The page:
Kent

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Kent is a county in southeast England, and is one of the home counties. It borders East Sussex, Surrey and Greater London and has a defined boundary with Essex in the middle of the River Thames estuary. The ceremonial county boundaries of Kent include the shire county of Kent and the unitary borough of Medway. Kent has a nominal border with France halfway through the Channel Tunnel. Maidstone is its county town and historically Rochester and Canterbury have been accorded city status though only the latter still holds it.

Kent's location between London and the continent has led to its being a front line of several conflicts, including the Battle of Britain during World War II. East Kent was named Hell Fire Corner during the conflict. England has relied on the county's ports to provide warships through much of the past 800 years; the Cinque Ports in the 12th–14th centuries and Chatham Dockyard in the 16th–20th centuries were of particular importance to the country's security. France can be seen clearly in fine weather from the iconic White Cliffs of Dover

Because of its abundance of orchards and hop gardens, Kent is widely known as "The Garden of England" — a name often applied when marketing the county or its produce, although other regions have tried to lay claim to the title.

Major industries in the north-west of Kent have included cement, papermaking, and aircraft construction, but these are now in decline. South and East Kent rely on tourism and agriculture.

The area has been occupied since the Palaeolithic era, as attested by finds from the quarries at Swanscombe. The Medway megaliths were built during the Neolithic era. There is a rich sequence of Bronze Age, Iron Age, and Roman era occupation, as indicated by finds and features such as the Ringlemere gold cup and the Roman villas of the Darent valley.

The modern name of Kent is derived from the Brythonic word Cantus meaning "rim" or "border". This describes the eastern part of the current county area as a border land or coastal district. Julius Caesar had described the area as Cantium, or home of the Cantiaci in 51 BC.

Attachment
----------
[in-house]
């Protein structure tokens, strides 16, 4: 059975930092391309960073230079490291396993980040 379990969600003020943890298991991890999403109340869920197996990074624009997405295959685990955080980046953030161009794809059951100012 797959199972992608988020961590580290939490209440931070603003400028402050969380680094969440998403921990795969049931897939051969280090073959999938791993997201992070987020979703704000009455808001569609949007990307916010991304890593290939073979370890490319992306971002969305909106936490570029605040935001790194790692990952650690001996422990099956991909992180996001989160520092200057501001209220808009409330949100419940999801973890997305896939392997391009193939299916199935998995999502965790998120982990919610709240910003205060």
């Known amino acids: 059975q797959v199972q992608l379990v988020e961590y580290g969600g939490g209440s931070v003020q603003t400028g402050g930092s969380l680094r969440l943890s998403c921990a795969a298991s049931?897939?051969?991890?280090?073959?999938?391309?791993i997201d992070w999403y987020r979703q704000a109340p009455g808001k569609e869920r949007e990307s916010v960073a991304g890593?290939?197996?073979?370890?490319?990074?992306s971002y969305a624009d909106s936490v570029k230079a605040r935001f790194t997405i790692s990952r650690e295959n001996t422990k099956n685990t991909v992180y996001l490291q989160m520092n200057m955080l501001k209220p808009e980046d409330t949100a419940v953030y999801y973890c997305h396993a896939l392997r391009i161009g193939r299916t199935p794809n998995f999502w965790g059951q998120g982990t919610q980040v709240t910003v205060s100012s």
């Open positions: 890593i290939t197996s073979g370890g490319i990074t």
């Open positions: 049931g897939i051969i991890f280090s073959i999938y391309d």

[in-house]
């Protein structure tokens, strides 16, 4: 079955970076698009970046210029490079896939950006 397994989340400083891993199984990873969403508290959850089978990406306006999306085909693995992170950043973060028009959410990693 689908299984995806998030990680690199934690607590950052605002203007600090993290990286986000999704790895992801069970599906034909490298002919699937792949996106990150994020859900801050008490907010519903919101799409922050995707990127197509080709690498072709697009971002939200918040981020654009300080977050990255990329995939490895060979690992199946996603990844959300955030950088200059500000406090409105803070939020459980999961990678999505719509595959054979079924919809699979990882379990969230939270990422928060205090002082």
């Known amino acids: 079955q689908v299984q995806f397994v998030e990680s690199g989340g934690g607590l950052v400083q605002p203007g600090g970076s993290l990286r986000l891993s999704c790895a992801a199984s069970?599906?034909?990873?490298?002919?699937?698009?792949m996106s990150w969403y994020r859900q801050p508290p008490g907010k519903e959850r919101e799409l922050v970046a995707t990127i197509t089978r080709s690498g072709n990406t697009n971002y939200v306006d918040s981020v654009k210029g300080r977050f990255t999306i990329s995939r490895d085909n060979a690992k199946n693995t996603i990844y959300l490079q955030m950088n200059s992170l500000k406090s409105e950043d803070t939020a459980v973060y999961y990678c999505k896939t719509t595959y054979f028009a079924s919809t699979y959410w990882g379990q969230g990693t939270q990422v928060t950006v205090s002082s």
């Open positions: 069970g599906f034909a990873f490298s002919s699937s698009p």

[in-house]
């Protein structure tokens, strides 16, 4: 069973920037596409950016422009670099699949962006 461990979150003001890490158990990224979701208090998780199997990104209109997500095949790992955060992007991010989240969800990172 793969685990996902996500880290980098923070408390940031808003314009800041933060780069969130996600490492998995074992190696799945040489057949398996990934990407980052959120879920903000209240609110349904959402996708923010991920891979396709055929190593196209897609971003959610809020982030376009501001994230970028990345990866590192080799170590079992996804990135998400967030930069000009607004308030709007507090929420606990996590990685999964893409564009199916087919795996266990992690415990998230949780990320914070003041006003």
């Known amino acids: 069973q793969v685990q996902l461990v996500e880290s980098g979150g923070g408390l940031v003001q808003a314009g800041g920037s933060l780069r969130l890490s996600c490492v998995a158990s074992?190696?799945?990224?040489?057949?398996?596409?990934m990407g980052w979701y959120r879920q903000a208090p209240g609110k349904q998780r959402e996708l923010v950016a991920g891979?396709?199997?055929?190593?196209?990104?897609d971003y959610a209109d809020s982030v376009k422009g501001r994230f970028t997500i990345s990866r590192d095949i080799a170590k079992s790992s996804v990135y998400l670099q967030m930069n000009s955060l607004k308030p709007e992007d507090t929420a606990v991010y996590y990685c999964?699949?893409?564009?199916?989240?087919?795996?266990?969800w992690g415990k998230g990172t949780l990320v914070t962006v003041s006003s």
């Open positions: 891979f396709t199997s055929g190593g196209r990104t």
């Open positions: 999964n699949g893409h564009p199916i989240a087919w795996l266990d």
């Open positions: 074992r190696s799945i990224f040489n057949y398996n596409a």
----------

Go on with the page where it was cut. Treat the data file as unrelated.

The extreme west of the modern county was occupied by Iron Age tribes, known as the Regnenses. It is possible that another ethnic group occupied The Weald and East Kent. East Kent became a kingdom of the Jutes during the 5th century[5] and was known as Cantia from about 730 and as Cent in 835. The early medieval inhabitants of the county were known as the Cantwara, or Kent people. These people regarded the city of Canterbury as their capital.

In 597, Pope Gregory I appointed Augustine as the first Archbishop of Canterbury. In the previous year, Augustine successfully converted the Pagan King Æthelberht of Kent to Christianity. The Diocese of Canterbury became Britain's first Episcopal See and has since remained Britain's centre of Christianity.

In the 11th century, the people of Kent adopted the motto Invicta, meaning "undefeated". This naming followed the invasion of Britain by William of Normandy. The Kent people's continued resistance against the Normans led to Kent's designation as a semi-autonomous County Palatine in 1067. Under the nominal rule of William's half-brother Odo of Bayeux, the county was granted similar powers to those granted in the areas bordering Wales and Scotland.

During the medieval and early modern period, Kent played a major role in several of England's most notable rebellions, including the Peasants' Revolt of 1381, led by Wat Tyler, Jack Cade's Kent rebellion of 1450, and Wyatt's Rebellion of 1553 against Queen Mary I.

The Royal Navy first used the River Medway in 1547. By the reign of Elizabeth I (1558–1603) a small dockyard had been established at Chatham. By 1618, storehouses, a ropewalk, a drydock, and houses for officials had been built downstream from Chatham.

By the 17th century, tensions between Britain and the powers of the Netherlands and France led to increasing military build-up in the county. Forts were built all along the coast following the raid on the Medway, a successful attack by the Dutch navy on the shipyards of the Medway towns in 1667.